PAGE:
2020, amiright? I know. That’s like the main topic of discussion. The year opened with promise, like all years, but it wasn’t long before it became evident that 2020 was not going to be just any old year. COVID turned everything upside down. And what started out as a virus, somehow became a political issue. Adding to that here in the US, not only were we dealing with COVID and all that brought with it, but there was also the presidential election and then all the chaos that has followed it. Who our president currently is all depends on who you ask.

When I think of 2020, polarizing is the word that comes to mind. The elections brought out the worst in us Americans, but then that’s nothing new. Politics in this country have long since been a topic avoided at family gatherings. Everyone has an opinion and in the age of social media, everyone now has a platform from which to shout their opinion. And also a platform from which to shout about why the other side’s opinion is wrong. The level of verbal attacks I’ve seen in the comment sections of posts has been brutal.

I’ve watched church leaders become political experts and virologists. I’ve listened as they have made snarky remarks about meeting in Walmart for church. Prayer marches for the elections. Protests because people were asked not to gather for worship. Facebook posts completely missing any compassion. All this bothered me, but I just couldn’t quite put my finger on why.

Then I read an article from a friend in my Jesus Come! community and it all became clear to me. (You can read it here and I encourage you to do so.)

I’ve thought for a long time…years really…that the Western church had gotten off the rails quite a bit. In fact, my husband and I left our church a couple of years ago after serving faithfully for well over a decade. We were just worn out with it. Everything had become such a production. So planned out, right down to the minute. Buzz words and gimmicks. Always trying to figure out what will make people want to serve, what will make people want to give more money, what will make Jesus more interesting to the unchurched. Bigger. Better. Best. Like it was some code to be cracked or some formula to be followed. If we say these words enough, they’ll become part of our church culture. But you know, it just doesn’t work like that.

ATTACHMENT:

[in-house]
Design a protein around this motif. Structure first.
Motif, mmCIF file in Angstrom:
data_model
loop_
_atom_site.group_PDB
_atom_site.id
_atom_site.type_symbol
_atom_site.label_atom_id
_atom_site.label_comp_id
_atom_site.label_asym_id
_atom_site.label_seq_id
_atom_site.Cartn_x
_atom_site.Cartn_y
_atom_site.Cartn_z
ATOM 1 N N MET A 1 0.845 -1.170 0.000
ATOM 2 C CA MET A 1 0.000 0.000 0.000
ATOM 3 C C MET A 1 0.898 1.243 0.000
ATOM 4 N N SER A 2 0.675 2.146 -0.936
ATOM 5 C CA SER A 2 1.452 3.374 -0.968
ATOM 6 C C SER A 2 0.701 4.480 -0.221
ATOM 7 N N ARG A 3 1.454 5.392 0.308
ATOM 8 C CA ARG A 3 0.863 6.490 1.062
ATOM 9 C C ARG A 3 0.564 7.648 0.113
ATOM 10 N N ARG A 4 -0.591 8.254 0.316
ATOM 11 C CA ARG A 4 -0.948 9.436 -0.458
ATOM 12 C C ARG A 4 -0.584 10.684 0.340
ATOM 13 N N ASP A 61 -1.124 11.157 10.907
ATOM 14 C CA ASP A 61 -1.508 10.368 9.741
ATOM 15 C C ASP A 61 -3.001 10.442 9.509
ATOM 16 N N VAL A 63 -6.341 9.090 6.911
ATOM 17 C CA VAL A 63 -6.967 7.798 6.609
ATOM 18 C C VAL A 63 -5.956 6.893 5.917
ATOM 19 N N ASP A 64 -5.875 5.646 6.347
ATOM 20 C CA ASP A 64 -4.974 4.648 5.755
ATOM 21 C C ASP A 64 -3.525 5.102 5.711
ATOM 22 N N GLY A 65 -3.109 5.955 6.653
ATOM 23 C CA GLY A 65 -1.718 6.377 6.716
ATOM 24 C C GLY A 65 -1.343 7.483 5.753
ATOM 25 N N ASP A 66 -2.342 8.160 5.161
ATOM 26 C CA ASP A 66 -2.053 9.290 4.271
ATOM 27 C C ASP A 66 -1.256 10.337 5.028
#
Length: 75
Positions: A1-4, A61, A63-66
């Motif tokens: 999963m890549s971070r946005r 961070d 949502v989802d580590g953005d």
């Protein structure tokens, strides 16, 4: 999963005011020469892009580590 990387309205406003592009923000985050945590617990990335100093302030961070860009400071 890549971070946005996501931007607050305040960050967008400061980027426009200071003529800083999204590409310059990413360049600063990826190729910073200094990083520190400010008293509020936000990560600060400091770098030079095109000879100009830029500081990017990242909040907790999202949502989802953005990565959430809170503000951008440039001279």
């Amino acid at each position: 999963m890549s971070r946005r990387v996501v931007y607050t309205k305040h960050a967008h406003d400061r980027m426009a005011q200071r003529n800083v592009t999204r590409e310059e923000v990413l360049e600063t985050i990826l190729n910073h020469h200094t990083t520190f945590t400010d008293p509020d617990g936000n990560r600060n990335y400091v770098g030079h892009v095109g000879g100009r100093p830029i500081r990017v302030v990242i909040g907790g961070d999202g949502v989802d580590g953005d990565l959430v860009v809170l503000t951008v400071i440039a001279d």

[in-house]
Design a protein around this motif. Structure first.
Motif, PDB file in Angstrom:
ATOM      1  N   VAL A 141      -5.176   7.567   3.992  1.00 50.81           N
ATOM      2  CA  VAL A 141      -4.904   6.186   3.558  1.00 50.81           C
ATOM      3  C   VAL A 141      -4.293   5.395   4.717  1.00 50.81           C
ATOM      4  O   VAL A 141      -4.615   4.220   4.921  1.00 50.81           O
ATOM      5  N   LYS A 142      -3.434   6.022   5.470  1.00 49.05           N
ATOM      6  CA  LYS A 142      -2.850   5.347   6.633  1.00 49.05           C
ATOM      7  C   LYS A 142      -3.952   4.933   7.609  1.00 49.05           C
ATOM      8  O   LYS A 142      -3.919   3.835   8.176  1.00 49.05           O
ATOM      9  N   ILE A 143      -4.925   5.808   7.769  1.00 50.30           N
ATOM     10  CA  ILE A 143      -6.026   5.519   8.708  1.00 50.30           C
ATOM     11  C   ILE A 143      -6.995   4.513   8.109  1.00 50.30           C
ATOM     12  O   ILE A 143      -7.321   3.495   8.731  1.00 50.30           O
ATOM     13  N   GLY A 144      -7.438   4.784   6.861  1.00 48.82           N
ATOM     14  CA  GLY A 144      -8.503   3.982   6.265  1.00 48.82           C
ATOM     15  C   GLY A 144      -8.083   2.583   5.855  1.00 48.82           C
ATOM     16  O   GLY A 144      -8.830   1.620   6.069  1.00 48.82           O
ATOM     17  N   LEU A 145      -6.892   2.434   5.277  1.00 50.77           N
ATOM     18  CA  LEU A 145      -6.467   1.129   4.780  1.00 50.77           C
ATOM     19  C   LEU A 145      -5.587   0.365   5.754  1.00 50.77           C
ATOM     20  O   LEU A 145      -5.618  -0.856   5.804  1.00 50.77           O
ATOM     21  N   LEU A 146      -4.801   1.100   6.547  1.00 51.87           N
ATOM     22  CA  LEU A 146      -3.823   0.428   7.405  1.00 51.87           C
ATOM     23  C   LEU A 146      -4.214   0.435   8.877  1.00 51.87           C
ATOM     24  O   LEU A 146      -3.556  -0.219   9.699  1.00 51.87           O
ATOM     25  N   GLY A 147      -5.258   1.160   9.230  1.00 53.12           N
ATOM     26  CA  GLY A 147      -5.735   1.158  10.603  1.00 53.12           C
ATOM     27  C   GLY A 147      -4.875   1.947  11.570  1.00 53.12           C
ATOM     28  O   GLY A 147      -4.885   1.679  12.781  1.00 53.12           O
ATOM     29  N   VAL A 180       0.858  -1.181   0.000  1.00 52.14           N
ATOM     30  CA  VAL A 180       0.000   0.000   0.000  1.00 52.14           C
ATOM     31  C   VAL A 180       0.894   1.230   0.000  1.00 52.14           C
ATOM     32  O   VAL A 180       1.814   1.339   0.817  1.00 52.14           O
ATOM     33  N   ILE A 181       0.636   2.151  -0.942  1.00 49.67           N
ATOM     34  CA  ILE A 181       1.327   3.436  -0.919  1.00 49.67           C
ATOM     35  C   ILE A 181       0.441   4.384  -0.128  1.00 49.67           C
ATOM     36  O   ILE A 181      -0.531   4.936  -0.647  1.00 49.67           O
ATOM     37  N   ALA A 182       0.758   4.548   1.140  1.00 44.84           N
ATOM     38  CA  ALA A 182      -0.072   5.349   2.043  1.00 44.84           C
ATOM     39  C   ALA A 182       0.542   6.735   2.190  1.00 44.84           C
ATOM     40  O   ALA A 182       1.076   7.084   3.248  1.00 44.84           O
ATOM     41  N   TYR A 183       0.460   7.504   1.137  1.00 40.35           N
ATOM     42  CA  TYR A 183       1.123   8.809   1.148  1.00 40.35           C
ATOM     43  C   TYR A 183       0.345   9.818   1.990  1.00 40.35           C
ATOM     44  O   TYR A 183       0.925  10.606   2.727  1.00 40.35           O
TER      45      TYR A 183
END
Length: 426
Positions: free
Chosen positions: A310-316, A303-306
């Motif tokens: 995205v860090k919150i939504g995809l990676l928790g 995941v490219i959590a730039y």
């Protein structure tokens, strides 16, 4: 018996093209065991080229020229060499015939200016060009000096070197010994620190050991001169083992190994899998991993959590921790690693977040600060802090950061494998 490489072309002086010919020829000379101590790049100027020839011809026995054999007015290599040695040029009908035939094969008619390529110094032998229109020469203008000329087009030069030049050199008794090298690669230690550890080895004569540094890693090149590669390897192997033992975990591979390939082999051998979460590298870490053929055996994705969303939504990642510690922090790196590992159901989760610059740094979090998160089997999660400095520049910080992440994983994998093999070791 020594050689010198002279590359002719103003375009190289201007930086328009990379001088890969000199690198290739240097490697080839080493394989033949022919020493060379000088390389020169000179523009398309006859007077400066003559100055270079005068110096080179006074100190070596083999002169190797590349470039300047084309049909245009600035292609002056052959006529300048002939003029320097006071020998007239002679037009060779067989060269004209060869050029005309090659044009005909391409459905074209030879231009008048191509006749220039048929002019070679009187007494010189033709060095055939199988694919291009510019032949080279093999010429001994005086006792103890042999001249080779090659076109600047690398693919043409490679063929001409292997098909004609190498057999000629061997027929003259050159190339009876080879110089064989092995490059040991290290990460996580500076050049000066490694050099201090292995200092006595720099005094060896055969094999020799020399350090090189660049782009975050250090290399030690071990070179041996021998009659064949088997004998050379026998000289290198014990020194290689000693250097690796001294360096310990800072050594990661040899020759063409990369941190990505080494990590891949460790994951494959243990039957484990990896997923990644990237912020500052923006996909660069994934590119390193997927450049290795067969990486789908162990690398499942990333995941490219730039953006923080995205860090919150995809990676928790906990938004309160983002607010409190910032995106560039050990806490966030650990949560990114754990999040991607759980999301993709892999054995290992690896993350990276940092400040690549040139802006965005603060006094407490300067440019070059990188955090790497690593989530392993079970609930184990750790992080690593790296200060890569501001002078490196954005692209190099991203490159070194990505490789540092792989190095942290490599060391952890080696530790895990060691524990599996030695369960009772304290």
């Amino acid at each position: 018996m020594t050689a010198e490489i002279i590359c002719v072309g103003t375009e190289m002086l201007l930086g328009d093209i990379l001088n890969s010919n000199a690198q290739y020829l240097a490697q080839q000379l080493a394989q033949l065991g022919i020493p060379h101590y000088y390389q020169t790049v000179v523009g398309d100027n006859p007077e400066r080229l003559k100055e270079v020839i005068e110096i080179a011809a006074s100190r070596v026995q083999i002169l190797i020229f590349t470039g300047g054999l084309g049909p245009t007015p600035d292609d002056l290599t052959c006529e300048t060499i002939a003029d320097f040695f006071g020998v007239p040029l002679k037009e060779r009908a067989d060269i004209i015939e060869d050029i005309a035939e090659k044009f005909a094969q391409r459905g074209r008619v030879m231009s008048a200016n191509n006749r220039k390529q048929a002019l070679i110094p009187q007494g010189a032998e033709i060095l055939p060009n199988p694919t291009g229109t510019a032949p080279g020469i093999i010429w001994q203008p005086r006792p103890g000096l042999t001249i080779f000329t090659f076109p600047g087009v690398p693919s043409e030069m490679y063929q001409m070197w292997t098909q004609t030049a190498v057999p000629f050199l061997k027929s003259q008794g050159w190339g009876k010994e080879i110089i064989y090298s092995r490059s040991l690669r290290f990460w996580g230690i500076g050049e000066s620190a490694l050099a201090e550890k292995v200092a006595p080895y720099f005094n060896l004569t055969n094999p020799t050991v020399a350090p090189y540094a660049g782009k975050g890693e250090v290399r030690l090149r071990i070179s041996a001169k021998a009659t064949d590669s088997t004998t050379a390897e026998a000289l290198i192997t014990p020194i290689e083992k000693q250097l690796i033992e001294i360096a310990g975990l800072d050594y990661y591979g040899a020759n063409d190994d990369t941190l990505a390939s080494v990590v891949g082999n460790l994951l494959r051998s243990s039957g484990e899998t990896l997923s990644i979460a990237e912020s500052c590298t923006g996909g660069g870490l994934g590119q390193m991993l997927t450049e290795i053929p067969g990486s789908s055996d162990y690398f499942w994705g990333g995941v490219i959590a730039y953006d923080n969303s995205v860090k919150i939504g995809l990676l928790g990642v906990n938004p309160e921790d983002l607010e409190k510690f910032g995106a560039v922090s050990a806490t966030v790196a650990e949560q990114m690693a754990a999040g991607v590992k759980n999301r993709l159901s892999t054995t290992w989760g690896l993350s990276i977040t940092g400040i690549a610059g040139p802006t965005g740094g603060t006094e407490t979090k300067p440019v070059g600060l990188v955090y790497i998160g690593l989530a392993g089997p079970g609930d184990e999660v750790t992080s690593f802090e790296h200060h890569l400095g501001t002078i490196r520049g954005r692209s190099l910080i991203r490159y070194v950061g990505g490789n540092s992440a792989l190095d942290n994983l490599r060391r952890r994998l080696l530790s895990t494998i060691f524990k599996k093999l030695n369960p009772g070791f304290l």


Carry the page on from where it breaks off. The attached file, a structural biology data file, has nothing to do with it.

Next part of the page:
Enter COVID. And lockdowns and quarantines and gathering limits. Suddenly you can’t do things the way you’ve always done them. Everybody is scrambling to find a work around. Some churches get creative, trying to figure out how to keep going business as usual within the parameters given. Some churches refuse to submit to the gathering limits and mask requirements and continue meeting as usual, as if it was some sort of badge of honor to do so.

And I just kept thinking, maybe all this is meant to serve a purpose? Maybe suddenly having all the trappings of Western church removed was allowed by God because some or all of that needed to be stripped away? Maybe we have become too comfortable with our climate controlled spaces and our scriptures on the big screen. We’ve gotten too comfortable with being able to show up on a Sunday morning and sit and “consume” worship for an hour. We’ve forgotten what it means to lament. Based on the turnout for most of the prayer meetings I ever went to, we’ve also forgotten how to pray. People want to be entertained. People want to be comfortable. People want to be catered to.

And in all the scrambling to keep it going, to work around parameters, to ignore mandates, to protest and shout, what I didn’t hear very much of at all was repentance. That was the thing that was missing that I just couldn’t put my finger on until I read my friend’s article.

“Where is the repentance? Where is the selah?” he asks.

And as I read that line, I just thought, yes exactly. That’s exactly it. Where indeed.

We’ve long established this idea that church is something that happens in a building. We come, we sit in a seat and we listen while somebody else teaches us. Half the time we don’t even bother to bring a Bible with us to church, even though most of us probably have several sitting on a shelf at home somewhere, which incidentally is a freedom not allowed to lots of Christians around the world. (We think because the government temporarily closes our doors during a pandemic that we’re being persecuted? Go read up on the persecuted church around the world. You’ll find that we here in this country don’t have even the faintest idea of what persecution looks like.)